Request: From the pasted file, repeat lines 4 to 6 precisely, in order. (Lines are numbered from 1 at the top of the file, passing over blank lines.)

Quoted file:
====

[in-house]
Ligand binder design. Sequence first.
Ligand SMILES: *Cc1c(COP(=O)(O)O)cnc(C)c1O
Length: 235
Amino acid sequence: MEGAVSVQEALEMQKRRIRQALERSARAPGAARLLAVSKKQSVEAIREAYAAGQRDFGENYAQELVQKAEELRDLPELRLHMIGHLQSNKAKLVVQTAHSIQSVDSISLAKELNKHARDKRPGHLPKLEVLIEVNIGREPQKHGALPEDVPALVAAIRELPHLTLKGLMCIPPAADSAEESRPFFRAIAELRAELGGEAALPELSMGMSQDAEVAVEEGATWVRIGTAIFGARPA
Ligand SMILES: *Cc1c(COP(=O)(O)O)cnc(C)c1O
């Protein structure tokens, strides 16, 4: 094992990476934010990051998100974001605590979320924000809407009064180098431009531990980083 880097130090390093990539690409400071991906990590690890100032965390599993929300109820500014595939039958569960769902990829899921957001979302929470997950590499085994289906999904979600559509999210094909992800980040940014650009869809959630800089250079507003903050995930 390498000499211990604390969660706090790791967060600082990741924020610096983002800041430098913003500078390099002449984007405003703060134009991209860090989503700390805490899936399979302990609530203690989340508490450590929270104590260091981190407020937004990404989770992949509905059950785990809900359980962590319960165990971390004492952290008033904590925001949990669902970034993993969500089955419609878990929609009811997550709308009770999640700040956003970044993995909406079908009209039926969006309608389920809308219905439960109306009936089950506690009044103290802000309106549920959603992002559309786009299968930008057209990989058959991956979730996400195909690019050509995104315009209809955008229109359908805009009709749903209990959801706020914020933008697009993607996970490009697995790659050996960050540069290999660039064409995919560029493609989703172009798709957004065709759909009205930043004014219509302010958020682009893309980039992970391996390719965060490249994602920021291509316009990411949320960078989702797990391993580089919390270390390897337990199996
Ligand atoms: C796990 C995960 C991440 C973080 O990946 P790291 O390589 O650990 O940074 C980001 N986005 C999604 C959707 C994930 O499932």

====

Length: 235
Amino acid sequence: MEGAVSVQEALEMQKRRIRQALERSARAPGAARLLAVSKKQSVEAIREAYAAGQRDFGENYAQELVQKAEELRDLPELRLHMIGHLQSNKAKLVVQTAHSIQSVDSISLAKELNKHARDKRPGHLPKLEVLIEVNIGREPQKHGALPEDVPALVAAIRELPHLTLKGLMCIPPAADSAEESRPFFRAIAELRAELGGEAALPELSMGMSQDAEVAVEEGATWVRIGTAIFGARPA
Ligand SMILES: *Cc1c(COP(=O)(O)O)cnc(C)c1O